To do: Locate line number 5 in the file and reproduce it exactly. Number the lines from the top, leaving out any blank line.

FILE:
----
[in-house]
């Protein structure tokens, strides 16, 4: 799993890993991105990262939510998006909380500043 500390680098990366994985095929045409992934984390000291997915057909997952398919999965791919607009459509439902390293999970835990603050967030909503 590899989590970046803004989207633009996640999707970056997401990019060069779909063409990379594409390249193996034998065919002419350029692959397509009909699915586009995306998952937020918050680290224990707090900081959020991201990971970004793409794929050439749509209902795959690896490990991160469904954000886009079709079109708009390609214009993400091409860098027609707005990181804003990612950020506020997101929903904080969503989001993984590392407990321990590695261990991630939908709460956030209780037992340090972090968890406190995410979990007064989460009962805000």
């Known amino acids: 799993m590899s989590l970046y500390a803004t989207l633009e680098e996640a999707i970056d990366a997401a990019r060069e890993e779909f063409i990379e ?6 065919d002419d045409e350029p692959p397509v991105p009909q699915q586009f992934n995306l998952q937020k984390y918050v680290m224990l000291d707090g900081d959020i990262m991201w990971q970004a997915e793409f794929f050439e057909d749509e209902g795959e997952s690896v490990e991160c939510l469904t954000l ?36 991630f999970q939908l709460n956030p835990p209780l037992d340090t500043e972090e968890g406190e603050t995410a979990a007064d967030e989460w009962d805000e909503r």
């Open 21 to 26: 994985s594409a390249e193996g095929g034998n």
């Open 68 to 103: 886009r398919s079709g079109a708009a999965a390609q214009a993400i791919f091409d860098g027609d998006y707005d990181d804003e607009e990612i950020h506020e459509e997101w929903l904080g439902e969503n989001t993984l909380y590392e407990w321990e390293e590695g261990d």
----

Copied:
């Open 68 to 103: 886009r398919s079709g079109a708009a999965a390609q214009a993400i791919f091409d860098g027609d998006y707005d990181d804003e607009e990612i950020h506020e459509e997101w929903l904080g439902e969503n989001t993984l909380y590392e407990w321990e390293e590695g261990d």